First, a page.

• The “hot list” at La Vista begins with crispy, tender fried calamari ($11) as an appetizer. Entrée favorites include luscious, slowly-braised French-style beef short ribs ($29) with an accompanying cabernet sauvignon sauce, a citrus seafood risotto ($28) laden with chorizo and a host of goodies from the sea that Erichsen refers to as the “new definition of paella,” and flat iron steak ($30) from the grill in a generous 10-ounce portion. Also not to be missed is his octopus carpaccio from the appetizer menu and the sea bass entrée.
  • Just off the hotel lobby — where you can enjoy a refreshingly sweet “Dragonberry Mojito” with live local entertainment as a night cap, or while enjoying a few pieces of sushi from the sushi bar off to the side — the Stellaris Casino offers another Asian treat: Chinese cuisine. Peking duck, noodles, and other Chinese favorites are served daily in the high-energy casino atmosphere where service is fast and the food is authentic.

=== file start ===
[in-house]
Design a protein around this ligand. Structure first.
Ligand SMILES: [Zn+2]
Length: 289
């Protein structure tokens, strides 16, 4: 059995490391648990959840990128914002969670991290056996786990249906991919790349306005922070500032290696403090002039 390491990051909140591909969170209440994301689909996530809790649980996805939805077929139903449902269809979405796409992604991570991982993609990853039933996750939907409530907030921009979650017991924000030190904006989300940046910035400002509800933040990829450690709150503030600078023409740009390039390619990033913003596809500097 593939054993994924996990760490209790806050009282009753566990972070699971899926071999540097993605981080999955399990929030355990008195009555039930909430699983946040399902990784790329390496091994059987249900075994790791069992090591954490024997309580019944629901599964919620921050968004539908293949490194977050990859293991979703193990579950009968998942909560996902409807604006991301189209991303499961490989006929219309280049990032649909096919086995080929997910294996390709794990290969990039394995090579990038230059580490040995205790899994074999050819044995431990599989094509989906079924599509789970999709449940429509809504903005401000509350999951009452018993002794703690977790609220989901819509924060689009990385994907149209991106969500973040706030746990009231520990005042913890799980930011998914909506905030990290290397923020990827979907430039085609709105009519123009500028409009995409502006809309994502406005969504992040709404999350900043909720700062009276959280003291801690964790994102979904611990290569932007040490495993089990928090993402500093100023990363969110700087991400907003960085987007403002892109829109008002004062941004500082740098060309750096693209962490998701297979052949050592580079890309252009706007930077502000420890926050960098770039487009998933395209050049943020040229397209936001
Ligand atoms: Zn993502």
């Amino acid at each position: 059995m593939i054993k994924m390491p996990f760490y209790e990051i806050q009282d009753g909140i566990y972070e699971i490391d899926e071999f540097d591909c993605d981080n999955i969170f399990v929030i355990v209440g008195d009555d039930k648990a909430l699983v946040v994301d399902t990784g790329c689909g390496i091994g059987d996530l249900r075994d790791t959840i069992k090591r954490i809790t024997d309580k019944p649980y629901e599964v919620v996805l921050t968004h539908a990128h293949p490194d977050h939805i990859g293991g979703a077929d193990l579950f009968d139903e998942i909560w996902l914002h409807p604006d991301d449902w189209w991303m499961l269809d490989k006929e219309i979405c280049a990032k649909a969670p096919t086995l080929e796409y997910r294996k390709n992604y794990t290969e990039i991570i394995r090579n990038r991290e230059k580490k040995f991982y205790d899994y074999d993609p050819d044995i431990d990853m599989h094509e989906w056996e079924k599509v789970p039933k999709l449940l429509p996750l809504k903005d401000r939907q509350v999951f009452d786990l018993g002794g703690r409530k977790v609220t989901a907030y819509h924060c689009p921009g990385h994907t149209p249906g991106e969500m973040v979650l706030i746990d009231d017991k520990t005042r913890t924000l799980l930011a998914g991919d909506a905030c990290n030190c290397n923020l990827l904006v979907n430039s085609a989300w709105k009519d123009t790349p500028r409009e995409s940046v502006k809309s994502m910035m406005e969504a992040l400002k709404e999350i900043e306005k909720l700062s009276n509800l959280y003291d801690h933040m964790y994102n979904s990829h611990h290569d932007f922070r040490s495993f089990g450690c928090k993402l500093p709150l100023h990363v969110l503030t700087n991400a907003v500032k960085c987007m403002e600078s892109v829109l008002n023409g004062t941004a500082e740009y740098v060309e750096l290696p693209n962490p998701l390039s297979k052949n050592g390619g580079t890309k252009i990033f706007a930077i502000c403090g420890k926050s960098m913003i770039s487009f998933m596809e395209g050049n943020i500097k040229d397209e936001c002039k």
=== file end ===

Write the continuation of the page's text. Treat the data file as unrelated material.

Of the 123 restaurants within a short 15-minute walk from the resort, the latest project from chef Roberto Treviño — Bar Gitano is literally just steps away. With Treviño painted by locals as the “Iron Chef” of Puerto Rico, the place is packed with patrons seeking a taste of tender ribs in a sweet savory sauce, crispy egg rolls stuffed with chorizo, amazing fish tacos of a flaky but flavorful white fish, and a tender octopus that steals the show while lovely lady dances to live rumba music.